Suctioning is a method of removing mucous from the lungs. People with a spinal cord and/or a brain injury may have problems breathing due to congestion. The muscles that help with breathing and coughing may not work well. Suctioning will help keep the airway clear.
When Should I Suction?
A person should be suctioned when any of the following happens:
- "Rattling" breathing sounds are heard
- Mucous bubbles up in the throat or airway tube (trach tube)
- When a hand placed on the chest can feel a vibration or "rattling" from congestion
- When the person tells you it is needed (when it is hard to breathe)
Try having the person cough first (or perform an assist cough). Sometimes the person may not need to be suctioned if he/she is able to remove the mucous with a good cough. Please click here for Shepherd Center's DOs and DON'Ts of suctioning.
How to Suction
Step 1: Gather the supplies. Click here for full list of supplies.
- Portable suction machine
- Clean suction catheter
- Sterile normal saline
- Resuscitator bag (also known as the Ambu Bag)
- One helper
See the recipe for making sterile saline at the end of this lesson.
Step 2: Wash your hands.
Wash your hands with soap and water. Dry them with a clean towel.
Step 3: Check portable suction equipment.
Make sure all tubing connections and collection jar have a tight seal.
Step 4: Place portable suction unit on a flat, dry and safe surface.
Plug suction unit to an electrical outlet. Turn unit on.
Step 5: Set the suction pressure.
The portable suction pressure should not be set higher than 15 mm/Hg.
Check the pressure by turning the machine on and covering the open end of the suction line with one hand.
Look at the pressure dial. It should rise but not go any higher than the 15 marker on the dial.
If the pressure does not go up, re-check all tubing connections or adjust to the correct pressure.
Step 6: Open the suction catheter kit.
Each sterile suction kit will have:
- 1 or 2 sterile gloves
- 1 sterile catheter slipped into a paper bag
- 1 cardboard container to use for rinsing the portable suction tubing when you are done
Step 7: Put on gloves.
If your kit only contains one sterile glove, slip it onto your dominant hand. Make sure to use sterile technique as you learned during rehabilitation. Only touch the folded over part of the glove that would be near your wrist...do not touch the glove near the fingers or palm.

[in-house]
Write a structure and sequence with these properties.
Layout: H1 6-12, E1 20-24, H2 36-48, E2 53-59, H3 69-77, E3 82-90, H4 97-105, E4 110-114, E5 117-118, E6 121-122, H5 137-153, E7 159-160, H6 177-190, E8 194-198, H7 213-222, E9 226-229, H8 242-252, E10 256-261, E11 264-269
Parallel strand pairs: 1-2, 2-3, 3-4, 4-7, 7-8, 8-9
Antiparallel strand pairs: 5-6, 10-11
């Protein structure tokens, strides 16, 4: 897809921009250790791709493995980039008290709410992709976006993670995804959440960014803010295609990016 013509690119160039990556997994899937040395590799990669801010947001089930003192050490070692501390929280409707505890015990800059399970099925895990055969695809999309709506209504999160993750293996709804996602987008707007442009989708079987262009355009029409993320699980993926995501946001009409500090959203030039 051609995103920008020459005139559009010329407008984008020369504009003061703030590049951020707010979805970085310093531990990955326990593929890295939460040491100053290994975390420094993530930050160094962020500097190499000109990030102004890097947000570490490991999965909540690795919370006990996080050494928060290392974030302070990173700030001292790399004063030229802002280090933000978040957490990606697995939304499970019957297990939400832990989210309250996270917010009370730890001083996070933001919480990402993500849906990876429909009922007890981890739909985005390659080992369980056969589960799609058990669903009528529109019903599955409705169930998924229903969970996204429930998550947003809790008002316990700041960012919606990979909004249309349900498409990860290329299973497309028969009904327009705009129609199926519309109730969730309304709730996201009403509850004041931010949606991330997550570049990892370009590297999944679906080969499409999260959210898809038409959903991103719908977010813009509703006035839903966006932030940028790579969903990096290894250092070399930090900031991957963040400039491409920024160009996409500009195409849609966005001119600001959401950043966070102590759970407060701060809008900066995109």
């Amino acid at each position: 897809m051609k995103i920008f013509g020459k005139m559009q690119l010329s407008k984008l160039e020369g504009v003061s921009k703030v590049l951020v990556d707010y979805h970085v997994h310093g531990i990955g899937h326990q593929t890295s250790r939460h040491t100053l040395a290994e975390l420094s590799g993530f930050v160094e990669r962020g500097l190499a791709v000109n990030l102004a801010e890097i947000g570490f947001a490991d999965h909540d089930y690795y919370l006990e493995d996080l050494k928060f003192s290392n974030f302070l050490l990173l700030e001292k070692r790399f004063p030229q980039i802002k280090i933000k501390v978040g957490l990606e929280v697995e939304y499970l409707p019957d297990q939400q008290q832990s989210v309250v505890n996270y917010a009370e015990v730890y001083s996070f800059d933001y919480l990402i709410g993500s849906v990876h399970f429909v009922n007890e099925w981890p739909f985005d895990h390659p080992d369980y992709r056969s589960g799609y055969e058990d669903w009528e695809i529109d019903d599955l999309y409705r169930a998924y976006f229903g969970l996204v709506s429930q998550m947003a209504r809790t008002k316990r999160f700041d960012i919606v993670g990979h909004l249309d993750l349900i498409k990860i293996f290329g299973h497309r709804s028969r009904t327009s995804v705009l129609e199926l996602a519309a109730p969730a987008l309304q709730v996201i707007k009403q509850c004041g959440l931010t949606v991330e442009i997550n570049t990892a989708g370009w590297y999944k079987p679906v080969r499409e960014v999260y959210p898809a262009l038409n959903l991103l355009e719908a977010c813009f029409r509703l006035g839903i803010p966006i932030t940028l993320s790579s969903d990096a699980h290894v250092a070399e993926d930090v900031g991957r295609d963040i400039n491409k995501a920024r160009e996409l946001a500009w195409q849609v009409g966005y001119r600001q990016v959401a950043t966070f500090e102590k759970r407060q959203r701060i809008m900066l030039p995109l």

If your kit has 2 gloves, slip on each glove using sterile technique as shown below.
Step 8: Connect the tubing to the suction catheter.
With the non-dominant hand, pick up the long connecting tubing that comes from the suction machine and attach it to the suction catheter.
Be careful not to touch the catheter tip or the other "sterile" hand.
Step 9: Turn on the suction machine.
Use the non-sterile hand to turn on the machine.
Step 10: "Bag" the person.
The person must receive extra breaths during suctioning. This is done by using the Ambu Bag. Attach the bag to the person's airway (trach tube) and squeeze the bag to give extra breaths. Each person will be different in respect to how many times he/she needs to be "bagged." Follow the directions you were given by your doctor or therapist.
A person will need to be bagged before, during and after each suctioning.
Step 11: Place the catheter into the trach tube.
Holding the catheter with the sterile dominant hand, place the catheter into the opening of the trach. Be careful not to let it touch anything before entering the opening. Please remember that the inner cannula must always be in place when a person is suctioned. The inner cannula is the tube that fits into the trach at the neckplate. It can be re-usable or disposable depending on your specific situation. The photo shows the suction catheter entering through the inner cannula.
Never suction without the inner cannula in place.
Slowly move the catheter down into the trach until resistance is felt. Do not force the catheter down.
Step 12: Cover the suction port.
Cover the suction port with the non-sterile, non-dominant thumb. Slowly pull the suction catheter up and out. Do not leave the suction catheter in the trach tube for more than 10 seconds.
Suction Off (port open)
Suction On (port closed)
Step 13: Bag the Person.
Repeat steps 10, 11 and 12 until the mucous is gone.
If you notice that the mucous is thick, you can use normal saline to make it thinner. Squirt a small amount into the trach tube and then bag the person with the Ambu Bag. This will help loosen up the mucous and make it easier to suction. Now you may insert the suction catheter and repeat Step 11.
Step 14: Disconnect the catheter from the suction tubing.
Throw away the suction catheter.
Step 15: Rinse the suction tubing.
Once suctioning is complete, the canister tubing must be rinsed. This can be done with tap water or normal saline. With the suction machine still on, put the tubing in a container of water or squirt some normal saline into the tubing. Allow it to rinse through the tubing until it is cleared of mucous.
Step 16: Shut off the suction unit.
Step 17: Remove all gloves.
Step 18: Throw away all suction kit materials.
Step 19: Wash your hands.
Recipe for Sterile Normal Saline:
- Prepare a mixture of 1 quart of water with 2 teaspoons of table salt.
- Heat until it comes to a boil.
- Store normal saline in a clean, sterile jar. The jar and lid should be cleaned and sterilized as if for canning or preparing baby milk bottles.
- Make normal saline fresh every day.